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C.N. Douglas, comp.  Forty Thousand Quotations: Prose and Poetical.  1917.
 
Sunset
 
  Gilding pale streams with heavenly alchemy.
Shakespeare.    
  1
  The death-bed of a day, how beautiful.
Bailey.    
  2
  Long on the wave reflected lustres play.
Sam’l Rogers.    
  3
                    The sacred lamp of day
Now dipt in western clouds his parting ray.
Falconer.    
  4
        The setting sun, and music at the close,
As the last taste of sweets, is sweetest last.
Shakespeare.    
  5
  When the sun sets, who doth not look for night?
Shakespeare.    
  6
                        Cæsar-like the sun
Gathered his robes around him as he fell.
Alexander Smith.    
  7
        The weary sun hath made a golden set,
And, by the bright track of his fiery car,
Gives token of a goodly day to-morrow.
Shakespeare.    
  8
  Sunsets in themselves are generally superior to sunrises; but with the sunset we appreciate images drawn from departed peace and faded glory.
Hillard.    
  9
        Down sank the great red sun, and in golden, glimmering vapors
Veiled the light of his face, like the Prophet descending from Sinai.
Longfellow.    
  10
        Oft did I wonder why the setting sun
  Should look upon us with a blushing face:
Is’t not for shame of what he hath seen done,
  Whilst in our hemisphere he ran his race?
Heath.    
  11
        Come watch with me the shaft of fire that glows
In yonder West: the fair, frail palaces,
The fading Alps and archipelagoes,
And great cloud-continents of sunset-seas.
T. B. Aldrich.    
  12
                    See the descending sun,
Scatt’ring his beams about him as he sinks,
And gilding heaven above, and seas beneath,
With paint no mortal pencil can express.
Hopkins.    
  13
        Dipp’d in the hues of sunset, wreath’d in zones,
The clouds are resting on their mountain-thrones;
One peak alone exalts its glacier crest,
A golden paradise, above the rest;
Thither the day with lingering steps retires,
And in its own blue element expires.
James Montgomery.    
  14
        ’Tis sunset: to the firmament serene,
The Atlantic wave reflects a gorgeous scene;
Broad in the cloudless west a belt of gold
Girds the blue hemisphere; above, unroll’d,
The keen clear air grows palpable to sight,
Imbodied in a flush of crimson light.
James Montgomery.    
  15
        After a day of cloud and wind and rain
Sometimes the setting sun breaks out again,
  And, touching all the darksome woods with light,
Smiles on the fields until they laugh and sing,
Then like a ruby from the horizon’s ring,
  Drops down into the night.
Longfellow.    
  16
                          See! he sinks
Without a word; and his ensanguined bier
Is vacant in the west, while far and near
Behold! each coward shadow eastward shrinks,
Thou dost not strive, O sun, nor dost thou cry
Amid thy cloud-built streets.
Faber.    
  17
        Now in his Palace of the West,
  Sinking to slumber, the bright Day,
Like a tired monarch fann’d to rest,
  ’Mid the cool airs of Evening lay;
While round his couch’s golden rim
  The gaudy clouds, like courtiers, crept—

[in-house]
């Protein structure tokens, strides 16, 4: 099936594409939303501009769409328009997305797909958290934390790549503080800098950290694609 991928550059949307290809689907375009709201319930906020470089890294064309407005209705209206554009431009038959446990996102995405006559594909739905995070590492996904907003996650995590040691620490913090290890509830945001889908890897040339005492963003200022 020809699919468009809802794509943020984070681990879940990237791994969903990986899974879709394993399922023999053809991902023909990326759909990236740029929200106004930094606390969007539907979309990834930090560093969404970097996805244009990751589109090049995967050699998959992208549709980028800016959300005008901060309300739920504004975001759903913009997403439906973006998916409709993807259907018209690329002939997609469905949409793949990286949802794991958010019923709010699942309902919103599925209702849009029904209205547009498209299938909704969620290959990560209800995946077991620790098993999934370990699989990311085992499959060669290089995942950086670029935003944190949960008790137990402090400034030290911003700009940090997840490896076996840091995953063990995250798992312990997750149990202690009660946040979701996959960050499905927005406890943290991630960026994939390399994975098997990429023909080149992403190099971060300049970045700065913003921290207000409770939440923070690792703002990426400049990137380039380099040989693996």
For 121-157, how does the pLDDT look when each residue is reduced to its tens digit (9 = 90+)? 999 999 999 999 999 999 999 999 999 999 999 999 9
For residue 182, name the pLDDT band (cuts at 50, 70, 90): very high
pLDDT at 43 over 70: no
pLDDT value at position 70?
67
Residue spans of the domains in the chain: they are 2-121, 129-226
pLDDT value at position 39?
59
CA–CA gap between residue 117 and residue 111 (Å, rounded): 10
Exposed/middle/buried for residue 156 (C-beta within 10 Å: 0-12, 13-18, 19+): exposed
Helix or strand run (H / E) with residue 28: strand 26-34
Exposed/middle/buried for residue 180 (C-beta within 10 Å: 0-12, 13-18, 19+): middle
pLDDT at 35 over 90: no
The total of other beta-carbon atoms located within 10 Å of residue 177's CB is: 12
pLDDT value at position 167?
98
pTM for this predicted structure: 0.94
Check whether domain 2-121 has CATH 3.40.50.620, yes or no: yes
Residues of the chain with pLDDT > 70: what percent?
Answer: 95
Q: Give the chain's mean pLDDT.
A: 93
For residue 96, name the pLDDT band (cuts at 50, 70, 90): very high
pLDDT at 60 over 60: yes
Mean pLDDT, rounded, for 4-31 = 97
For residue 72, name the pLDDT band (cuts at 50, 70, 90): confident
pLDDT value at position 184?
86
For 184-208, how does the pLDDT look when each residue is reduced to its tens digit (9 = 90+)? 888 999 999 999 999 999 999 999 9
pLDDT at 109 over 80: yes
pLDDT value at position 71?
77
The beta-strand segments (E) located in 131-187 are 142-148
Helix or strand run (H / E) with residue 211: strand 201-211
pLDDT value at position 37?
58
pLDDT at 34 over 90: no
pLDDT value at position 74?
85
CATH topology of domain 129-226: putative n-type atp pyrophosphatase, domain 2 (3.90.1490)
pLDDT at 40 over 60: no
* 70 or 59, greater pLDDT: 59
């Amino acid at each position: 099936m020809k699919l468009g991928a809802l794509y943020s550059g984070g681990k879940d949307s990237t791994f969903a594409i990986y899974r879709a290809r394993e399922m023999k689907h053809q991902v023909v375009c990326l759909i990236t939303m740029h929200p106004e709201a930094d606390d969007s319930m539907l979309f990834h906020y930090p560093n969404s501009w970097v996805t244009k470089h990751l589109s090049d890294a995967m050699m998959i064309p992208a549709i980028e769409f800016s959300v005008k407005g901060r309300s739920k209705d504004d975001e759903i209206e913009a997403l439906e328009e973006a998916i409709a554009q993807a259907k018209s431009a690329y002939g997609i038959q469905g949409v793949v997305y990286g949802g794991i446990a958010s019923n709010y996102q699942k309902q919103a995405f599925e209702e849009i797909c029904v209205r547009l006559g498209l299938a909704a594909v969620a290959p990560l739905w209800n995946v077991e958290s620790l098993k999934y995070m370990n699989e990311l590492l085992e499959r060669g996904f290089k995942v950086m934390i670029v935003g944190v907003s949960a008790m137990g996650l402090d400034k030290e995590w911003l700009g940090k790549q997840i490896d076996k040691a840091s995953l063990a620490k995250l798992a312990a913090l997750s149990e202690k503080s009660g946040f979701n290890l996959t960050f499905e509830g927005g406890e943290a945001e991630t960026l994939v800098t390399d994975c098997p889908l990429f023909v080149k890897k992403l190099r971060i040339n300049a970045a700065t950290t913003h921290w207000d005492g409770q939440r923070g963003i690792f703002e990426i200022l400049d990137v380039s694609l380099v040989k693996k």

Struggling each other’s light to dim,
  And catch his last smile e’er he slept.
Moore.    
  18
        Softly the evening came. The sun from the western horizon
Like a magician extended his golden wand o’er the landscape;
Twinkling vapors arose; and sky and water and forest
Seemed all on fire at the touch, and melted and mingled together.
Longfellow.    
  19
        Purple, violet, gold and white,
  Royal clouds are they;
Catching the spear-like rays in the west—
Lining therewith each downy nest,
  At the close of Summer day.
  
Forming and breaking in the sky,
  I fancy all shapes are there;
Temple, mountain, monument, spire;
Ships rigged out with sails of fire,
  And blown by the evening air.
J. K. Hoyt.    
  20
 
 
        Touched by a light that hath no name,
A glory never sung,
Aloft on sky and mountain wall
Are God’s great pictures hung.
How changed the summits vast and old!
No longer granite-browed,
They melt in rosy mist; the rock
Is softer than the cloud;
The valley holds its breath; no leaf
Of all its elms is twirled:
The silence of eternity
Seems falling on the world.
Whittier.    
  21
        Methought little space ’tween those hills intervened,
But nearer,—more lofty,—more shaggy they seemed,
The clouds o’er their summits they calmly did rest,
And hung on the ether’s invisible breast;
Than the vapours of earth they seemed purer, more bright,—
Oh! could they be clouds? ’Twas the necklace of night.
Ruskin.    
  22
                        Now the noon,
Wearied with sultry toil, declines and falls,
Into the mellow eve:—the west puts on
Her gorgeous beauties—palaces and halls,
And towers, all carv’d of the unstable cloud,
Welcome the calmly waning monarch—he
Sinks gently midst that glorious canopy
Down on his couch of rest—even like a proud
King of the earth—the ocean.
Bowring.    
  23
        It was the cooling hour, just when the rounded
  Red sun sinks down behind the azure hill,
Which then seems as if the whole earth is bounded,
  Circling all nature, hush’d, and dim, and still,
With the far mountain-crescent half surrounded
  On one side, and the deep sea calm and chill
Upon the other, and the rosy sky
With one star sparkling through it like an eye.
Byron.    
  24
        How fine has the day been! how bright was the sun,
How lovely and joyful the course that he run!
Though he rose in a mist when his race he begun,
  And there followed some droppings of rain:
But now the fair traveller’s come to the west,
His rays are all gold, and his beauties are best;
He paints the skies gay as he sings to his rest,
  And foretells a bright rising again.
Watts.    
  25
 
 
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